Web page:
animaldoctor’s review published on Letterboxd:
I actually started watching this film with my film lit class on Wednesday, but we didn't have time to finish it. We finally finished it today, so I am now at liberty to talk about it. This is actually another strange movie for me to grade. It's another instance of a 3.5-star-objective-but-4-star-subjective enjoyment for me, and I think most of the reason that the 3.5 is even here is just because of film making techniques that don't hold up quite as well. I think it's important to take both the perspectives of the audience at the time a certain movie came out and modern audiences into account, at least when it comes to some of the oldest films. In this case, audiences back then must have had their minds blown when The Jazz Singer came out, but modern audiences notice a few more filmmaking flaws.
The occasional looping of footage is probably good enough for the time, but sticks out like a sore thumb nowadays. There are other jarring editing moments when jump cuts occur between two frames in the same shot for no reason whatsoever, and the lip sync doesn't match up with the characters when the camera is far away from them. The latter one wouldn't be as much of a problem, in my opinion, if the lip sync in character closeups is so good, but because it is, the lack of synchronization in far away shots just feels off putting. I also feel that nowadays, this film's story is cliche and isn't set up enough. Back in the day, I'm sure that audiences were completely invested in a story the likes of which had never really been put on film and were able to buy into the establishment of Jack Robin's career. Nowadays, though, audience members are able to grasp the beats of the cliche "child isn't appreciated by their family for something they love and leaves to pursue a career on their own, only to come back to face a major decision" story and there is barely any establishment of most of Jack Robin's relationship. Nowadays, the romance is established just for the novelty of it, Jack seemingly develops a career through sheer luck, and you aren't always able to grasp that Jack Robin is, in fact, becoming bigger and bigger as he goes on.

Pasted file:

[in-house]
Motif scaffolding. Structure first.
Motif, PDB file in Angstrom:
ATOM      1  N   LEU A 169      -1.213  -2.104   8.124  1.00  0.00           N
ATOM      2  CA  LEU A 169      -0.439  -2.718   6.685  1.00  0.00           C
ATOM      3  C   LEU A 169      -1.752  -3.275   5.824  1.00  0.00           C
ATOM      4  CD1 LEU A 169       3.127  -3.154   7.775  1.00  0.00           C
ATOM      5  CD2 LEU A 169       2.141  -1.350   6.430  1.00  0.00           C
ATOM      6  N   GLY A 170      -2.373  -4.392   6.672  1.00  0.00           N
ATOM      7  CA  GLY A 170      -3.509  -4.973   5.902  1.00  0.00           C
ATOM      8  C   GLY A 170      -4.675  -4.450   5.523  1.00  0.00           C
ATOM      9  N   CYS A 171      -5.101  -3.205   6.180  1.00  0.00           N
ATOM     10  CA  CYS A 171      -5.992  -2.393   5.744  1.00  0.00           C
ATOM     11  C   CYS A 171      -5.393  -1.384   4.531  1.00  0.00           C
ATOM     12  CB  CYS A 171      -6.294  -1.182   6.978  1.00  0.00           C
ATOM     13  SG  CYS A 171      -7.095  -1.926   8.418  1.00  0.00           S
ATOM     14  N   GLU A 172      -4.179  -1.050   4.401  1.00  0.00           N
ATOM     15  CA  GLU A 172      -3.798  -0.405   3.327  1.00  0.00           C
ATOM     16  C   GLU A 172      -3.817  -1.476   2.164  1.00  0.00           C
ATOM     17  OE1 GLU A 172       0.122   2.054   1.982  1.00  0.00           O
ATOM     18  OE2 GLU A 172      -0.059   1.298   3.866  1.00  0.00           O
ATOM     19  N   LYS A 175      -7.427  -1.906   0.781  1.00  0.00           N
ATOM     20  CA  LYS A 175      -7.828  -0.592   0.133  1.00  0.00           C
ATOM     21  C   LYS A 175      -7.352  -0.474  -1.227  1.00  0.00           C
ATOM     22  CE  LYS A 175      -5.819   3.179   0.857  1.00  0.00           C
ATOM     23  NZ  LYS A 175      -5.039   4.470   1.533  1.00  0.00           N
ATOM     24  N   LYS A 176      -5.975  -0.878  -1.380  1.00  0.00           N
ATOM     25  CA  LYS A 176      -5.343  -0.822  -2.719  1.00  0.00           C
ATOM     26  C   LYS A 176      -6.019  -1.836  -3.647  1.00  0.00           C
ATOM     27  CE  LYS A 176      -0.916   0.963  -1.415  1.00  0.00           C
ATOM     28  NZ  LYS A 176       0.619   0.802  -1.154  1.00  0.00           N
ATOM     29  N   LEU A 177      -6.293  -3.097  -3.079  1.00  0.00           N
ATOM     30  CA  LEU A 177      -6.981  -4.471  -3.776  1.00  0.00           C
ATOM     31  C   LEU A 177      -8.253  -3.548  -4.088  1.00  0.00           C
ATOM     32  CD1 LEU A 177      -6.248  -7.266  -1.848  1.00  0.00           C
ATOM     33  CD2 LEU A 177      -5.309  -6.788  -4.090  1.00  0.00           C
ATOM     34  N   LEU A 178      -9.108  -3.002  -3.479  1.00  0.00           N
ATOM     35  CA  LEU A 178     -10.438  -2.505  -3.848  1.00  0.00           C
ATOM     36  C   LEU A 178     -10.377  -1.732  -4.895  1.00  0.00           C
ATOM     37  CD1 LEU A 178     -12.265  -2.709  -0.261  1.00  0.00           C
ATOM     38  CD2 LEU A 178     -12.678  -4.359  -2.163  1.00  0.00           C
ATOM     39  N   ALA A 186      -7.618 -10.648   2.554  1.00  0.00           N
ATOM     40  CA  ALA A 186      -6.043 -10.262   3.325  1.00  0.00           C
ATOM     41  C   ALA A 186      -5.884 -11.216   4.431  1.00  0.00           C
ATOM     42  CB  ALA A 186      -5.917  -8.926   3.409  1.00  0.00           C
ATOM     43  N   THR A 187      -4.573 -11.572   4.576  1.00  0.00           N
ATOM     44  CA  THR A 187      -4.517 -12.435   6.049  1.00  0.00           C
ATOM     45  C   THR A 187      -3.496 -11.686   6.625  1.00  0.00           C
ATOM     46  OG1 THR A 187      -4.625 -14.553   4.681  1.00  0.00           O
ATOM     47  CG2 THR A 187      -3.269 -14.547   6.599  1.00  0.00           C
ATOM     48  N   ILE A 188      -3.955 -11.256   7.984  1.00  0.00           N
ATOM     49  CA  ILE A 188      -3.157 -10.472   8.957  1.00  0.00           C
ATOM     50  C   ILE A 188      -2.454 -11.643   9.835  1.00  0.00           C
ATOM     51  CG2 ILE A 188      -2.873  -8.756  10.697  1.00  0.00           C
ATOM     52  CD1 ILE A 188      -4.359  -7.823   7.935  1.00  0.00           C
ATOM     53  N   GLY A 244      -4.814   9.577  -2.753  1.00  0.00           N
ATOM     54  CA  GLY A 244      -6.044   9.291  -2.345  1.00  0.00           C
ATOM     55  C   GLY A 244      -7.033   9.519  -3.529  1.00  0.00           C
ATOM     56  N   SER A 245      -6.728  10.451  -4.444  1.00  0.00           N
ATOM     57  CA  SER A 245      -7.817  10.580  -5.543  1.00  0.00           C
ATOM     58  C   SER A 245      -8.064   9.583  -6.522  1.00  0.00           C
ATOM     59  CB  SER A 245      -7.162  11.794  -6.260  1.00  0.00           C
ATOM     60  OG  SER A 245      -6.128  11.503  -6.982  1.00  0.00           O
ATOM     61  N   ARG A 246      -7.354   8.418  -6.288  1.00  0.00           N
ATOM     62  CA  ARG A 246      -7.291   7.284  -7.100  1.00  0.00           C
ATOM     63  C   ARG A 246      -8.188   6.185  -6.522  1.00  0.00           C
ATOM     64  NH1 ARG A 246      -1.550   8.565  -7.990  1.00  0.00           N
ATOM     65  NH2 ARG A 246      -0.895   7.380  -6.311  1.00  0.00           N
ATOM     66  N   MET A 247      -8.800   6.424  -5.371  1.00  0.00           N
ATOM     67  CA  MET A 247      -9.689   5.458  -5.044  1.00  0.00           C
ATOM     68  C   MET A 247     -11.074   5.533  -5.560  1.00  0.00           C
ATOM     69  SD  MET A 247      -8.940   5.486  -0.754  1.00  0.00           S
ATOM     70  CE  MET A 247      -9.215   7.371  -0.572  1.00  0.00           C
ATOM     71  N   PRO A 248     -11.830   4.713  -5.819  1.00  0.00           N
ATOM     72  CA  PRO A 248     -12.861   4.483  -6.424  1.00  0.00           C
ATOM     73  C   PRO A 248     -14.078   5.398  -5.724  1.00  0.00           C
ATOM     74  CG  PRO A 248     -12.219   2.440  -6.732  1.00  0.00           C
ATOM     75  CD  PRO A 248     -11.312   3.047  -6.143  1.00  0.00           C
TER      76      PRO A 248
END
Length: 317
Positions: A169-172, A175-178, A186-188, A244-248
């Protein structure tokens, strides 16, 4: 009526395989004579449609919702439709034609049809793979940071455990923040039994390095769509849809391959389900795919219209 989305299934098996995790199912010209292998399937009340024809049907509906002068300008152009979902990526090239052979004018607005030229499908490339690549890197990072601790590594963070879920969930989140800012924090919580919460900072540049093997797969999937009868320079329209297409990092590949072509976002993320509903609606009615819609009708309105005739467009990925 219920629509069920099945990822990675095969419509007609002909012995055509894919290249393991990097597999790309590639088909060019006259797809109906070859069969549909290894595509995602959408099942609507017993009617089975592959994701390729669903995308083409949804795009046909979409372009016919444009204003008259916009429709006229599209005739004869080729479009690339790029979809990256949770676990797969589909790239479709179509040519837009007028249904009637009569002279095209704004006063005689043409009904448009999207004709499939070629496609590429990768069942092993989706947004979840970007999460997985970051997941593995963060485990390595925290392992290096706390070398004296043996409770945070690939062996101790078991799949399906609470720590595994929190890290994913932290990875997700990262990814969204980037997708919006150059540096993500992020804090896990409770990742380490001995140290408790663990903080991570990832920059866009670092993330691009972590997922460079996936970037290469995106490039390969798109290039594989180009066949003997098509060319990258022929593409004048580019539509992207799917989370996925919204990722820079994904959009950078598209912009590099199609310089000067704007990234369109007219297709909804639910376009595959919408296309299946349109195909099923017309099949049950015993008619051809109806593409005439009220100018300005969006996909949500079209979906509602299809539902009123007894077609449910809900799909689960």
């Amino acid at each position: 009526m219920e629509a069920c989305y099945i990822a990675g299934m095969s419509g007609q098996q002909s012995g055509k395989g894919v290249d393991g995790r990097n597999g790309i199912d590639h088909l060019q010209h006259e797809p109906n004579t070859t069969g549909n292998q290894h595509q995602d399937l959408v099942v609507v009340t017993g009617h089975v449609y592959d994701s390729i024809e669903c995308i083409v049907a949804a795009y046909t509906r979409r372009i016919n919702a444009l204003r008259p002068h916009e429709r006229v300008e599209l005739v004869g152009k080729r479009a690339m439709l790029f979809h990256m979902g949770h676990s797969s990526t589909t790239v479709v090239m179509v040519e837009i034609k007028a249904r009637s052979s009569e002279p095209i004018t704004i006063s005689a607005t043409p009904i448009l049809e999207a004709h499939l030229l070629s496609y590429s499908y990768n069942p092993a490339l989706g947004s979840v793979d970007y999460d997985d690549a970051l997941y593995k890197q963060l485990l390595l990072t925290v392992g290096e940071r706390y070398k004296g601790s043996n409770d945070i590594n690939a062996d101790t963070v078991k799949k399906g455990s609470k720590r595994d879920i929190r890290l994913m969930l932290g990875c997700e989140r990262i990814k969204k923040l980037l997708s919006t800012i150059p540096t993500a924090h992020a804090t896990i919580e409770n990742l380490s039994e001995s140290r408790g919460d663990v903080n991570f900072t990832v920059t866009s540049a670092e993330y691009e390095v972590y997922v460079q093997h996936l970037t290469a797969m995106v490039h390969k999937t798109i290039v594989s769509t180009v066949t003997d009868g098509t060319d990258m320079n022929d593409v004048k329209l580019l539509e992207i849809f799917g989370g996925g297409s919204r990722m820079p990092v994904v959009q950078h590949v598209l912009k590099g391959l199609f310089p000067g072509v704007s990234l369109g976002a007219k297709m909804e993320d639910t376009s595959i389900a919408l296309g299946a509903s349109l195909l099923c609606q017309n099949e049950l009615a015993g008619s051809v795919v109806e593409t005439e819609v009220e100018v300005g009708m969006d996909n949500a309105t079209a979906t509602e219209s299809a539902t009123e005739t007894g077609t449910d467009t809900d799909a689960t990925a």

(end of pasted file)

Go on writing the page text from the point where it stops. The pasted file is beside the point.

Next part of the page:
All that being said, I think that overall, this is still a really well-made movie, even today. The story, while predictable today, is still enjoyable to watch, the acting is really good overall, and to be honest, there is one element of this movie that has actually IMPROVED over time: the talking aspects. Sure, back then, it was just an excuse to introduce how new sound technology would work when it came to films and allowing their characters to talk and sing and was probably just a way for them to show off that new technology. However, nowadays, it draws attention to what the audience should take away as the most compelling moments of the film. The moments in this film that you hear are an important conversation between the main character and his mother that relieves the tension before the sound drowns out again as his father bursts in and the mood of the entire room completely changes, or they're important song sequences that show WHY Jack Robin is so good at his style of singing. Al Jolson is CAPTIVATING in this movie. Seriously, his singing sections are easily the best part of the film. Sure, the blackface is dated and probably unnecessary, but that's not Jolson's fault, that was just a normal performance method back in the day. The final few performances are some of the most emotional parts of the entire film, and it's all thank's to Jolson's incredible charisma.
All in all, I think The Jazz Singer was really good. Sure, it's not a perfect film technically for modern audiences today, but it's still a really enjoyable, likable story that holds up pretty well with a fantastic lead performance by Al Jolson and great talking/singing sequences that truly call attention to the most important parts of this film. Again, a weird film for me to grade, but I would definitely watch this movie again with no complaints. I don't know if I'll ever choose to watch it again, but if someone wanted to watch it or we watched it in another film class or something, I would absolutely not complain.
Letter Grade: B+